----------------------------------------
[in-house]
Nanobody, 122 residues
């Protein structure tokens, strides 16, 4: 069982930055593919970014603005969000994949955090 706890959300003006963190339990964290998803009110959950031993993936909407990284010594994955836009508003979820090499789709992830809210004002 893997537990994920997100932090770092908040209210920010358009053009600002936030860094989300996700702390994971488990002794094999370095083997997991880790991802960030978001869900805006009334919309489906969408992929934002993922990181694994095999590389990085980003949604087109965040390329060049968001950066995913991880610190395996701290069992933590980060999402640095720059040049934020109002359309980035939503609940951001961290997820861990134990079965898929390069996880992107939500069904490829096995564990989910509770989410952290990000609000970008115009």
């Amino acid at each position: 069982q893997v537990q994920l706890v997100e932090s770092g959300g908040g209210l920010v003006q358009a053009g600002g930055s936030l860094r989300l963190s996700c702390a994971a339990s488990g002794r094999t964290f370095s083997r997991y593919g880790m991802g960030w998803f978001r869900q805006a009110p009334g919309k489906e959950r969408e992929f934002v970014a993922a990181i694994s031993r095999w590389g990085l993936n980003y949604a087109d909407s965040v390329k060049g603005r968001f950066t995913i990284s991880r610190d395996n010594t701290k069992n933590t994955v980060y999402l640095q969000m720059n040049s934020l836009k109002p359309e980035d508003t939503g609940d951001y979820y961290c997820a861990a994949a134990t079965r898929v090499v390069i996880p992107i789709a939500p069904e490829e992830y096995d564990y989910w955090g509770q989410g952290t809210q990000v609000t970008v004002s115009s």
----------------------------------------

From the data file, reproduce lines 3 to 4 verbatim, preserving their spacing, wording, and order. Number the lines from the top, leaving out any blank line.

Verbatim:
């Protein structure tokens, strides 16, 4: 069982930055593919970014603005969000994949955090 706890959300003006963190339990964290998803009110959950031993993936909407990284010594994955836009508003979820090499789709992830809210004002 893997537990994920997100932090770092908040209210920010358009053009600002936030860094989300996700702390994971488990002794094999370095083997997991880790991802960030978001869900805006009334919309489906969408992929934002993922990181694994095999590389990085980003949604087109965040390329060049968001950066995913991880610190395996701290069992933590980060999402640095720059040049934020109002359309980035939503609940951001961290997820861990134990079965898929390069996880992107939500069904490829096995564990989910509770989410952290990000609000970008115009």
């Amino acid at each position: 069982q893997v537990q994920l706890v997100e932090s770092g959300g908040g209210l920010v003006q358009a053009g600002g930055s936030l860094r989300l963190s996700c702390a994971a339990s488990g002794r094999t964290f370095s083997r997991y593919g880790m991802g960030w998803f978001r869900q805006a009110p009334g919309k489906e959950r969408e992929f934002v970014a993922a990181i694994s031993r095999w590389g990085l993936n980003y949604a087109d909407s965040v390329k060049g603005r968001f950066t995913i990284s991880r610190d395996n010594t701290k069992n933590t994955v980060y999402l640095q969000m720059n040049s934020l836009k109002p359309e980035d508003t939503g609940d951001y979820y961290c997820a861990a994949a134990t079965r898929v090499v390069i996880p992107i789709a939500p069904e490829e992830y096995d564990y989910w955090g509770q989410g952290t809210q990000v609000t970008v004002s115009s």